ShareThis Page
Business Headlines

Net worth notched record high in 2014, Federal Reserve reports

| Friday, March 13, 2015, 12:01 a.m.

WASHINGTON — Fueled by higher stock and home values, Americans' net worth reached a record high in the final three months of 2014.

Household wealth rose 1.9 percent during the October-December quarter to nearly $83 trillion, the Federal Reserve said Thursday. Stock and mutual fund portfolios gained $742 billion, while the value of Americans' homes rose $356 billion.

The typical household did not benefit much, though. Most of the wealth remains concentrated among richer families. The wealthiest 10 percent of households own about 80 percent of stocks.

Still, greater wealth could help lift spending and economic growth. Higher stock and home values can make people feel more financially secure and more willing to spend, and consumer spending fuels about 70 percent of the economy.

The Fed's figures are not adjusted for population growth or inflation. Household wealth, or net worth, reflects the value of homes, stocks and other assets minus mortgages, credit cards and other debts.

Corporations are noting sharp improvements in their finances, the Fed report showed. Businesses amassed $2 trillion in cash by the end of last year— a record high — up from less than $1.9 trillion three months earlier.

Cash-rich corporations could spend more on investments in machinery, computers and other equipment. That would make workers more productive and accelerate economic growth.

They could use some of their cash to raise pay at a time when many employees have been stuck with stagnant wages. Some economists have criticized publicly traded companies for spending heavily on repurchasing their own shares, which boosts profits and serves shareholders rather than employees.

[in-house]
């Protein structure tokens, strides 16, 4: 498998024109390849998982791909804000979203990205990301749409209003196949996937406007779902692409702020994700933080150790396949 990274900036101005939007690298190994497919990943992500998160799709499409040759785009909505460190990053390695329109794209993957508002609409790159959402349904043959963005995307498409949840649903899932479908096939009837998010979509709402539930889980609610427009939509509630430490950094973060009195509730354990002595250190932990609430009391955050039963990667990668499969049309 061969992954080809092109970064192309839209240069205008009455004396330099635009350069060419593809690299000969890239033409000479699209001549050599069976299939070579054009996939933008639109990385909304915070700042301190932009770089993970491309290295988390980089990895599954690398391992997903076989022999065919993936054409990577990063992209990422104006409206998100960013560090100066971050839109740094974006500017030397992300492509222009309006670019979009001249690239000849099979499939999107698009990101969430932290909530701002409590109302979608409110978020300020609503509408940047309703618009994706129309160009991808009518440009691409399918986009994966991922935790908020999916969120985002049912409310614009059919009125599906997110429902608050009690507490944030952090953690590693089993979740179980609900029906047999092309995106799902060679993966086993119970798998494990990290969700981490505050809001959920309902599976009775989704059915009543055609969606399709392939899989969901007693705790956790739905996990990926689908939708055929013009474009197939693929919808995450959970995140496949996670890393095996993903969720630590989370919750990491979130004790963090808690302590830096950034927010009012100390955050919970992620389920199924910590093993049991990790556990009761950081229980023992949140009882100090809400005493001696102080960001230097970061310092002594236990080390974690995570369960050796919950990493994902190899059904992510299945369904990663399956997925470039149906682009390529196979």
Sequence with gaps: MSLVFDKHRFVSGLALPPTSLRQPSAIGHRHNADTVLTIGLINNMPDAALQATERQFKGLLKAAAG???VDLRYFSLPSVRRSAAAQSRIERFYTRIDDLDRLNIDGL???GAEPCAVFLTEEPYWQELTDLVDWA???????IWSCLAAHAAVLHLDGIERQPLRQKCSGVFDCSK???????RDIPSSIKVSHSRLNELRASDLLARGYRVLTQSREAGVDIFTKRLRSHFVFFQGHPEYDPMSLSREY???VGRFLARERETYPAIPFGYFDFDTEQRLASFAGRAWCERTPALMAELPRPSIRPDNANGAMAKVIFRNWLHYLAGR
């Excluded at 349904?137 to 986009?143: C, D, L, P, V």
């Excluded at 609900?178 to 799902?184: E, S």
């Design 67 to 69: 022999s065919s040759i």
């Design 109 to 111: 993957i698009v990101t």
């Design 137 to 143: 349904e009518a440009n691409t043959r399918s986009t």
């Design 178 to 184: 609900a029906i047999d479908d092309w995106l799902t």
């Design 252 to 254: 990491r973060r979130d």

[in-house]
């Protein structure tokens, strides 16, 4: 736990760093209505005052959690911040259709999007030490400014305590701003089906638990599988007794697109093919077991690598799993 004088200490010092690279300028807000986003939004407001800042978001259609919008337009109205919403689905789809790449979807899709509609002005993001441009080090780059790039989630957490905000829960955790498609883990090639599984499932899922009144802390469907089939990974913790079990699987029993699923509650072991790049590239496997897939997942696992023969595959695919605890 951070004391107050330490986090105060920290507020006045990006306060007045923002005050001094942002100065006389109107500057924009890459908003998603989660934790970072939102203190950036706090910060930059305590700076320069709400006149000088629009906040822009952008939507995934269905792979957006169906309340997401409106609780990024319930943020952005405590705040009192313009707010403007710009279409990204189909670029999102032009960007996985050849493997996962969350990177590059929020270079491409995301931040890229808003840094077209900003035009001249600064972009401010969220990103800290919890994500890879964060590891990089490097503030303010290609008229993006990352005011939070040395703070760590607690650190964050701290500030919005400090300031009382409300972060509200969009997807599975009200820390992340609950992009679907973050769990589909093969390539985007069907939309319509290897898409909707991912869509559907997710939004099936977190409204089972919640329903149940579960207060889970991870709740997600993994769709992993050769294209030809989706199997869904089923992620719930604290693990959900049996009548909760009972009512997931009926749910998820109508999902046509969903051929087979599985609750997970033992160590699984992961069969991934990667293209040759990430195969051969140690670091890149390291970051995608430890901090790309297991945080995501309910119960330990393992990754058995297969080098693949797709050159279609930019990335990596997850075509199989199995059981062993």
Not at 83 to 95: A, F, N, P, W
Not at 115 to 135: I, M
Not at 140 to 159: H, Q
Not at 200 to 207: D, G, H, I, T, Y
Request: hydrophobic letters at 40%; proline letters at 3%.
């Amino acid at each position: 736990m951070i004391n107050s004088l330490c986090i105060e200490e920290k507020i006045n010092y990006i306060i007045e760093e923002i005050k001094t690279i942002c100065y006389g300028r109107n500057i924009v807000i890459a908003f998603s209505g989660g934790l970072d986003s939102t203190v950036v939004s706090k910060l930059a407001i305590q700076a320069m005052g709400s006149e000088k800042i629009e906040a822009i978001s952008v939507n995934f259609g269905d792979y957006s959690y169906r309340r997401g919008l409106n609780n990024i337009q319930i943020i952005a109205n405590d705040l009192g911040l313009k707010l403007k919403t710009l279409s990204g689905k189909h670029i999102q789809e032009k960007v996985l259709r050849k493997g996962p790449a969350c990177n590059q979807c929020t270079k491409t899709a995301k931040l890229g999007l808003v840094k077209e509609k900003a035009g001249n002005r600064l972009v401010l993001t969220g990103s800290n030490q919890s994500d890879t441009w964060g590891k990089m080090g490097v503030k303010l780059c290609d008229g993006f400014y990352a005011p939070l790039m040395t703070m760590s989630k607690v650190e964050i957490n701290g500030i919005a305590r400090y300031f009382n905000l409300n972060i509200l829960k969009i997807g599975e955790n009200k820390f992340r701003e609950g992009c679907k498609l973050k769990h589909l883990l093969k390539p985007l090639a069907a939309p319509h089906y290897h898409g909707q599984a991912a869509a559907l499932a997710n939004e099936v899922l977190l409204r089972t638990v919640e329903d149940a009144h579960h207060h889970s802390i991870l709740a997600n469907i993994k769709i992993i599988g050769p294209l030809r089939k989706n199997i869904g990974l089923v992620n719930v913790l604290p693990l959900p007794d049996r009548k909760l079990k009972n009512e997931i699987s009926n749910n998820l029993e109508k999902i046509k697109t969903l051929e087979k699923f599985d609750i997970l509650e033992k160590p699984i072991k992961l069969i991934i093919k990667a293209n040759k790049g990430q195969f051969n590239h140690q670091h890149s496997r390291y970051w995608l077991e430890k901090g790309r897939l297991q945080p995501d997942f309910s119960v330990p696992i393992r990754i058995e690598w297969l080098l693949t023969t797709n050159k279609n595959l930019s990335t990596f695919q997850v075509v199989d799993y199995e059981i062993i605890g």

Businesses are taking advantage of low interest rates by taking on more debt, which typically signals confidence in the economy and future growth. Business debt rose 7.2 percent in the fourth quarter, the sharpest quarterly increase in more than six years.

During the Great Recession, which officially ended in June 2009, Americans' net worth plummeted as stock and home values sank. Household wealth tumbled to $55 trillion in the first quarter of 2009 from a pre-recession peak of $67.9 trillion. Wealth did not surpass that peak until the third quarter of 2012.

TribLIVE commenting policy

You are solely responsible for your comments and by using TribLive.com you agree to our Terms of Service.

We moderate comments. Our goal is to provide substantive commentary for a general readership. By screening submissions, we provide a space where readers can share intelligent and informed commentary that enhances the quality of our news and information.

While most comments will be posted if they are on-topic and not abusive, moderating decisions are subjective. We will make them as carefully and consistently as we can. Because of the volume of reader comments, we cannot review individual moderation decisions with readers.

We value thoughtful comments representing a range of views that make their point quickly and politely. We make an effort to protect discussions from repeated comments either by the same reader or different readers

We follow the same standards for taste as the daily newspaper. A few things we won't tolerate: personal attacks, obscenity, vulgarity, profanity (including expletives and letters followed by dashes), commercial promotion, impersonations, incoherence, proselytizing and SHOUTING. Don't include URLs to Web sites.

We do not edit comments. They are either approved or deleted. We reserve the right to edit a comment that is quoted or excerpted in an article. In this case, we may fix spelling and punctuation.

We welcome strong opinions and criticism of our work, but we don't want comments to become bogged down with discussions of our policies and we will moderate accordingly.

We appreciate it when readers and people quoted in articles or blog posts point out errors of fact or emphasis and will investigate all assertions. But these suggestions should be sent via e-mail. To avoid distracting other readers, we won't publish comments that suggest a correction. Instead, corrections will be made in a blog post or in an article.

click me